Protein Power Lifeplan diet
This high-protein, low-carbohydrate diet claims to help you lose weight, lower cholesterol and blood pressure levels, feel fitter, and restore your health - all in just a few weeks.
How the Protein Power Lifeplan claims to work
The authors believe that eating more protein than is normally recommended will help balance the body's hormonal response to other foods. The plan is more detailed than the Atkins Diet and somewhat more difficult to follow, since protein requirements must be calculated and daily protein intake divided among your meals and snacks. There are no food groups to avoid, so you have to make more decisions.
The Protein Power Lifeplan regimen
Carbohydrates are restricted to between 30-55g per day, which is slightly more than allowed during the middle phases of the Atkins Diet. This is low enough to induce ketosis. However, this plan does not allow an unlimited intake of fat, and the authors do advise slimmers to seek their doctor's advice before they begin the programme. The plan focuses on a high protein intake, including eggs, cottage cheese, tofu, lean meat, poultry, pork, and seafood. It recommends three meals a day with regular snacks in order to avoid hunger. Carbohydrates are permitted at every meal. In addition to recommending lots of exercise, the plan also suggests taking vitamin and mineral supplements.
Is the Protein Power Lifeplan healthy?
While this diet plan does a better job of explaining the low-carbohydrate approach than the Atkins Diet, it creates the same potential problem of calcium excretion due to excessive intake of protein. It also requires more work by the liver and the kidneys, which is not advisable for those with liver or kidney problems (see Disorders of the Urinary System).
The authors of this plan claim that the body has no need for carbohydrate, but if that were true then muscle would store only fat and not glycogen. Glycogen is required for the generation of energy in muscles. If there is no carbohydrate in the diet, the authors claim energy will come from protein.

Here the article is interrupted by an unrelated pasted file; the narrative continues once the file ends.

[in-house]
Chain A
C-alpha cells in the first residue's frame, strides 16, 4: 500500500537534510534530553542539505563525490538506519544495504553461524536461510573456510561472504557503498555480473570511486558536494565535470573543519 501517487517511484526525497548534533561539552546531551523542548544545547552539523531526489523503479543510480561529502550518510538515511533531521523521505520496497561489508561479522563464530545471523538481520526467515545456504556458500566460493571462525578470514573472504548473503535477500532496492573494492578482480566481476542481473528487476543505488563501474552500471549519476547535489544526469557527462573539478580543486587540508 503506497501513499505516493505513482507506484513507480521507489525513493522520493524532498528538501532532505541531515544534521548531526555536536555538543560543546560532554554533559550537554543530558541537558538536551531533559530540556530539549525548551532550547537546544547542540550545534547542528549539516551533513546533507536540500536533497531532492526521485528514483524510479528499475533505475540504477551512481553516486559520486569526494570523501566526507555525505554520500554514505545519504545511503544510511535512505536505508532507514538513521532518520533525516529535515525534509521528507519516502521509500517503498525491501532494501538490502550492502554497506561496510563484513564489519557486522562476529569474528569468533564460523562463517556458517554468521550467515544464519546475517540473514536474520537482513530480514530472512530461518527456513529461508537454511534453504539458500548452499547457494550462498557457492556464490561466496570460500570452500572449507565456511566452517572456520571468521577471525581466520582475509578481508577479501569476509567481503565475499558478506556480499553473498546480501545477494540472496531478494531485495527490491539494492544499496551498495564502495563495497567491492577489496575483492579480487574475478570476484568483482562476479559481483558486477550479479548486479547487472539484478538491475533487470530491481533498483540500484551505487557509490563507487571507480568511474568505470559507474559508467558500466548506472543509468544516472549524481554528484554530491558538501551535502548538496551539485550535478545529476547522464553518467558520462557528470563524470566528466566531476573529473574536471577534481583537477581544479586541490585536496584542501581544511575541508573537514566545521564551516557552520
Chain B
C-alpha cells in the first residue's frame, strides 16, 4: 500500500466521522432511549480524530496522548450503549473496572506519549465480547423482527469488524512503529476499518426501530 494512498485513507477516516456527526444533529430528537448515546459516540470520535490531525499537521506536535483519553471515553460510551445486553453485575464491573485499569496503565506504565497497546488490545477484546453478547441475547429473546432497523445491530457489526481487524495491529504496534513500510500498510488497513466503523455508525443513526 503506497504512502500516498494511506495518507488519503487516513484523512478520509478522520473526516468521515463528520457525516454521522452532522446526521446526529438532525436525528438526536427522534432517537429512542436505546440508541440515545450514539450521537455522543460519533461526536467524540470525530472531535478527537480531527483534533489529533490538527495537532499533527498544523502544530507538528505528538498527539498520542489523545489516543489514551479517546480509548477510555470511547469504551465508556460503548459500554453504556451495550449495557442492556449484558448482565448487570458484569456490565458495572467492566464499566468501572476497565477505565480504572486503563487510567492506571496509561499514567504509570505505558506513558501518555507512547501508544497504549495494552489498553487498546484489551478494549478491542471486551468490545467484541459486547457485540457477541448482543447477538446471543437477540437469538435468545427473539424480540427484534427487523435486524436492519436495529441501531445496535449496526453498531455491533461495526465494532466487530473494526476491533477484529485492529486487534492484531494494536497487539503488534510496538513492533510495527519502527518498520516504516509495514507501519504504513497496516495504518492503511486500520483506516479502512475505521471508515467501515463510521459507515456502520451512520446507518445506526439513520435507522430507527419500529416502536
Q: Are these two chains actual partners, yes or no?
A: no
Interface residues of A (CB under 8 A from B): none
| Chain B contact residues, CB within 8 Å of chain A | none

As yet, no studies have been carried out on the long-term effects of this diet, which may be high in saturated fat and low in many vitamins and in calcium. Recent research has demonstrated that people are more likely to lose weight when their intake of protein is higher than normal, but there is no reason to eliminate carbohydrates in order to do this. While it is true that insulin promotes fat storage, insulin production can be limited by eating complex carbohydrates and by eating balanced meals and snacks.
Any repetitive exercise, such as jogging, in which the body uses oxygen to burn fat. To be effective, it needs to be sustained for at least 15 minutes while you maintain 65-85 per cent of your maximum heart rate.
Any vigorous, short-burst exercise that causes your muscles to work without oxygen. Glycogen is burnt for energy. This type of exercise can cause fatigue, but if you exercise regularly your anaerobic fitness will improve.
- ■Boiled egg with a slice of buttered toast
- ■Fresh strawberries or raspberries
- ■Steamed pumpkin
- ■Fresh spinach salad with vinaigrette or blue cheese dressing
- ■Fresh blueberries
- ■Low-fat cottage cheese
- ■Steamed prawns
- ■Steamed broccoli and sautéed red or yellow peppers with a low-fat vinaigrette
- ■Mixed fruit salad
- ■Sliced raw vegetables, including peppers, carrots, and tomatoes
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